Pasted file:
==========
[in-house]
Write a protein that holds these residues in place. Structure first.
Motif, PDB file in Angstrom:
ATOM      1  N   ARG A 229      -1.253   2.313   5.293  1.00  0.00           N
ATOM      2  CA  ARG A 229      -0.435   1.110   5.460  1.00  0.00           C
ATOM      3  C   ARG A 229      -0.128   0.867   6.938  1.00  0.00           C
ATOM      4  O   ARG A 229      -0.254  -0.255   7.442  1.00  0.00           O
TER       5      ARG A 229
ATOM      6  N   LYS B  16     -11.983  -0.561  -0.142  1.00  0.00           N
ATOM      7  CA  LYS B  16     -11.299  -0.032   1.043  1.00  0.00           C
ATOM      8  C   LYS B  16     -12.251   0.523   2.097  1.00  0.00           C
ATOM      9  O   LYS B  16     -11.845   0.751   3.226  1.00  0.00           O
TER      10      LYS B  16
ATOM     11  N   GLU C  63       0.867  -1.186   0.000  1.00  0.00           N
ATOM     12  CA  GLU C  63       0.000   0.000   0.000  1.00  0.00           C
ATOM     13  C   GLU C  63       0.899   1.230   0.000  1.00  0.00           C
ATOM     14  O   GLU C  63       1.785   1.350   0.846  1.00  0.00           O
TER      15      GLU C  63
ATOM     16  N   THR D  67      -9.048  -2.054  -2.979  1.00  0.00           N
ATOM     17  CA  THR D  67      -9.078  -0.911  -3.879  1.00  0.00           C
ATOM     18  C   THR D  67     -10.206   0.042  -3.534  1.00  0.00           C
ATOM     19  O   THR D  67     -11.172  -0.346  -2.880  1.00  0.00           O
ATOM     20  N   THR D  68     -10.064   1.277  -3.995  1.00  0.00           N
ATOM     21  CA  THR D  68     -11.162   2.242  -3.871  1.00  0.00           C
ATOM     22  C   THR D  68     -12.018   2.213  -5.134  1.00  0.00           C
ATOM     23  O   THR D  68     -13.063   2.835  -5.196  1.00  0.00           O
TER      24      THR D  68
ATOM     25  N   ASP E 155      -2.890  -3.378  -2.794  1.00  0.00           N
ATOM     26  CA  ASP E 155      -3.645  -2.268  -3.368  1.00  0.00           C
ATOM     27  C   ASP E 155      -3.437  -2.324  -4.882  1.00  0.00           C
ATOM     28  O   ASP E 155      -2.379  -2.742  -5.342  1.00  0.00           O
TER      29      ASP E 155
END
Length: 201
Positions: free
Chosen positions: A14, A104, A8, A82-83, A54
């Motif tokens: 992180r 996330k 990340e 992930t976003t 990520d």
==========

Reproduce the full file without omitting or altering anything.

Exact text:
[in-house]
Write a protein that holds these residues in place. Structure first.
Motif, PDB file in Angstrom:
ATOM      1  N   ARG A 229      -1.253   2.313   5.293  1.00  0.00           N
ATOM      2  CA  ARG A 229      -0.435   1.110   5.460  1.00  0.00           C
ATOM      3  C   ARG A 229      -0.128   0.867   6.938  1.00  0.00           C
ATOM      4  O   ARG A 229      -0.254  -0.255   7.442  1.00  0.00           O
TER       5      ARG A 229
ATOM      6  N   LYS B  16     -11.983  -0.561  -0.142  1.00  0.00           N
ATOM      7  CA  LYS B  16     -11.299  -0.032   1.043  1.00  0.00           C
ATOM      8  C   LYS B  16     -12.251   0.523   2.097  1.00  0.00           C
ATOM      9  O   LYS B  16     -11.845   0.751   3.226  1.00  0.00           O
TER      10      LYS B  16
ATOM     11  N   GLU C  63       0.867  -1.186   0.000  1.00  0.00           N
ATOM     12  CA  GLU C  63       0.000   0.000   0.000  1.00  0.00           C
ATOM     13  C   GLU C  63       0.899   1.230   0.000  1.00  0.00           C
ATOM     14  O   GLU C  63       1.785   1.350   0.846  1.00  0.00           O
TER      15      GLU C  63
ATOM     16  N   THR D  67      -9.048  -2.054  -2.979  1.00  0.00           N
ATOM     17  CA  THR D  67      -9.078  -0.911  -3.879  1.00  0.00           C
ATOM     18  C   THR D  67     -10.206   0.042  -3.534  1.00  0.00           C
ATOM     19  O   THR D  67     -11.172  -0.346  -2.880  1.00  0.00           O
ATOM     20  N   THR D  68     -10.064   1.277  -3.995  1.00  0.00           N
ATOM     21  CA  THR D  68     -11.162   2.242  -3.871  1.00  0.00           C
ATOM     22  C   THR D  68     -12.018   2.213  -5.134  1.00  0.00           C
ATOM     23  O   THR D  68     -13.063   2.835  -5.196  1.00  0.00           O
TER      24      THR D  68
ATOM     25  N   ASP E 155      -2.890  -3.378  -2.794  1.00  0.00           N
ATOM     26  CA  ASP E 155      -3.645  -2.268  -3.368  1.00  0.00           C
ATOM     27  C   ASP E 155      -3.437  -2.324  -4.882  1.00  0.00           C
ATOM     28  O   ASP E 155      -2.379  -2.742  -5.342  1.00  0.00           O
TER      29      ASP E 155
END
Length: 201
Positions: free
Chosen positions: A14, A104, A8, A82-83, A54
């Motif tokens: 992180r 996330k 990340e 992930t976003t 990520d």